- (Photo: UMNS/Kathleen Barry)
An online petition about the United Methodist Church has called for the denomination to allow local congregations to determine their stance on homosexuality.
Titled "A Way Forward," as of last Saturday the petition calling for individual churches to decide whether or not to consider homosexuality wrong has garnered over 1,600 signatories. "By moving the decision-making regarding homosexuality to the local church, we hope to end the rancor, animosity and endless debate that divide our denomination every four years at General Conference," stated the petition.
"What we propose would allow conservative, centrist and progressive churches to come to their own conclusions regarding this important issue and to focus on how best to minister in their own communities."
The petition also suggests that annual conferences be allowed to determine "whether they will or will not ordain self-avowed, practicing homosexuals while allowing local churches to determine if they would or would not be willing to receive gay and lesbian clergy."
"In conferences where the ordination of gay and lesbian people was allowed, they would be held to the same standard heterosexual clergy are held to: fidelity in marriage and celibacy in singleness," stated the petition.
According to the United Methodist Church's Book of Discipline, the "practice of homosexuality is incompatible with Christian teaching." The Discipline also bars "self-avowed practicing homosexuals" from ordination and prohibits clergy from blessing same-sex unions, even in regions where gay marriage is legal. Furthermore, the Discipline does not allow for the General Council on Finance and Administration from funding "any gay caucus or group" that may promote "the acceptance of homosexuality or violate the expressed commitment of The United Methodist Church 'not to reject or condemn lesbian and gay members and friends.'"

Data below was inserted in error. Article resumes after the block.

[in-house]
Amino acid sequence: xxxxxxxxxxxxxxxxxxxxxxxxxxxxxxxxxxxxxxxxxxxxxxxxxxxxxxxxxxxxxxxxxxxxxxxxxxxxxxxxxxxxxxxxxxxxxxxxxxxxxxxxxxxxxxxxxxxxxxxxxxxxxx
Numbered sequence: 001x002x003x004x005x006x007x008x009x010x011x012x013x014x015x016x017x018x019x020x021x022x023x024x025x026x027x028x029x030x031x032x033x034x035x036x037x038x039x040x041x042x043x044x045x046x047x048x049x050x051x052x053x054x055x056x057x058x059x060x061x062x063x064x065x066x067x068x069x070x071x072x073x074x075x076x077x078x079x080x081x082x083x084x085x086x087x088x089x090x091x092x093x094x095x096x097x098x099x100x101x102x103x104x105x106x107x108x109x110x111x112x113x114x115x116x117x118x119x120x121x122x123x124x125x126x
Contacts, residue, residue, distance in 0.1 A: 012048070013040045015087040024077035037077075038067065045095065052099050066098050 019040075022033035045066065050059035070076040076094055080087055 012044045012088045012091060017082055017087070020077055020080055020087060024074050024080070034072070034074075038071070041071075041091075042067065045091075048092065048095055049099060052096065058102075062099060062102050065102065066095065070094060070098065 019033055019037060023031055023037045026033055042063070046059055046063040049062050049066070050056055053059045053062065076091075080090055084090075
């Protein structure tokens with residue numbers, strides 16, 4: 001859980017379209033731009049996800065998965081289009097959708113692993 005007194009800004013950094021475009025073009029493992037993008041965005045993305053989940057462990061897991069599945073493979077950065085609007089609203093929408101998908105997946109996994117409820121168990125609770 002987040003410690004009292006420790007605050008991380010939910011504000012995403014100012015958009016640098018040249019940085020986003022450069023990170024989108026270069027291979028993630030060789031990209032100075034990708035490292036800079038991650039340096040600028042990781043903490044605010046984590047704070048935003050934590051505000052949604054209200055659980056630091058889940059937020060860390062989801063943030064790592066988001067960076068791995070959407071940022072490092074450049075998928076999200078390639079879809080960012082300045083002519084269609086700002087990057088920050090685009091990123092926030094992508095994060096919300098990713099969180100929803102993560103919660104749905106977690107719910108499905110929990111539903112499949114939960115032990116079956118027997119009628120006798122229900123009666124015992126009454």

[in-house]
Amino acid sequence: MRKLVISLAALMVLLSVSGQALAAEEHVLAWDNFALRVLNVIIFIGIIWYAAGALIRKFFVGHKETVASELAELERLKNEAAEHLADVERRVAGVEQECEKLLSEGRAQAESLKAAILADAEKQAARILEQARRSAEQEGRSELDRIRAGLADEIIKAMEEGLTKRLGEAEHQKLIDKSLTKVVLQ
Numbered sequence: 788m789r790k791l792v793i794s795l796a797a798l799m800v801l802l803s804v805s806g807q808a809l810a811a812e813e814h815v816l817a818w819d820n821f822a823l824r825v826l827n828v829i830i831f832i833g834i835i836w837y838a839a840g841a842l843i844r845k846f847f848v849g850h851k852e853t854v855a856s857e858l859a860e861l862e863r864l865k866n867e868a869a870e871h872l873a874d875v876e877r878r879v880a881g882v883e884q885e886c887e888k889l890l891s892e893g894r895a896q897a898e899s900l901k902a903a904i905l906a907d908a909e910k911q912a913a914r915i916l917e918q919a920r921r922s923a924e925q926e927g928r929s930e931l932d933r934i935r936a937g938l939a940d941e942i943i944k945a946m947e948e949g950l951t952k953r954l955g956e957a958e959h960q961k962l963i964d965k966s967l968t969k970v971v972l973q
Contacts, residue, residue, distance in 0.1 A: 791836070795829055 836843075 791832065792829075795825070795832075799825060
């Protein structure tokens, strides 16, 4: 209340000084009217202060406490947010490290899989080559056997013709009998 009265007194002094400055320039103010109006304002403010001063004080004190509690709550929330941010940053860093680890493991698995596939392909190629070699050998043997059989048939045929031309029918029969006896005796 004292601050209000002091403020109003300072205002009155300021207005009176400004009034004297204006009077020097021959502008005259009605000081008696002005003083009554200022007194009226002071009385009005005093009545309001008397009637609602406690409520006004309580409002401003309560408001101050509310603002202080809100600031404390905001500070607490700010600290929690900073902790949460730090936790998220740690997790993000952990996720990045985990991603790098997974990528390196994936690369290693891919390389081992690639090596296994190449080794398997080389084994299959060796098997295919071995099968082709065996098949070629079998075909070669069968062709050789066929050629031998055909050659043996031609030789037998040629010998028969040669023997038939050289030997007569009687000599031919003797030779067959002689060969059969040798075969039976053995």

Every four years the UMC holds a General Conference and periodically efforts have been launched to change the Discipline's language on homosexuality sans success. Nevertheless, the UMC's position on homosexuality continues to garner headlines as some American UMC clergy openly violate the positions of the Discipline and others continue to propose different language of the denomination's governing document.
The top two signees of the "Way Forward" petition, Adam Hamilton, senior pastor of The Church of the Resurrection in Leawood, Kan., and Mike Slaughter, lead pastor of Ginghamsburg UMC of Tipp City, Ohio, cosponsored the most recent attempt to change the language of the Discipline. Known as the "agree to disagree" amendment, Hamilton and Slaughter's resolution was voted down at the 2012 General Conference, in large part because of the opposition leveled by the African wing of the global denomination.
The petition calling for local churches to determine their position on homosexuality comes at a time when some UMC conservatives have called for a schism due to theological differences. Posted on the website of Good News Magazine and supported by about 80 UMC clergy from across the United States, the letter spoke of the Church being in a "crisis."<
"It is time to recognize that traditionalists and progressives are pursuing divergent paths as we try to follow Christ and be faithful to what we understand to be the Gospel," stated the letter. "We need to recognize the reality that we – laity, clergy and even the Council of Bishops – are divided and will remain divided."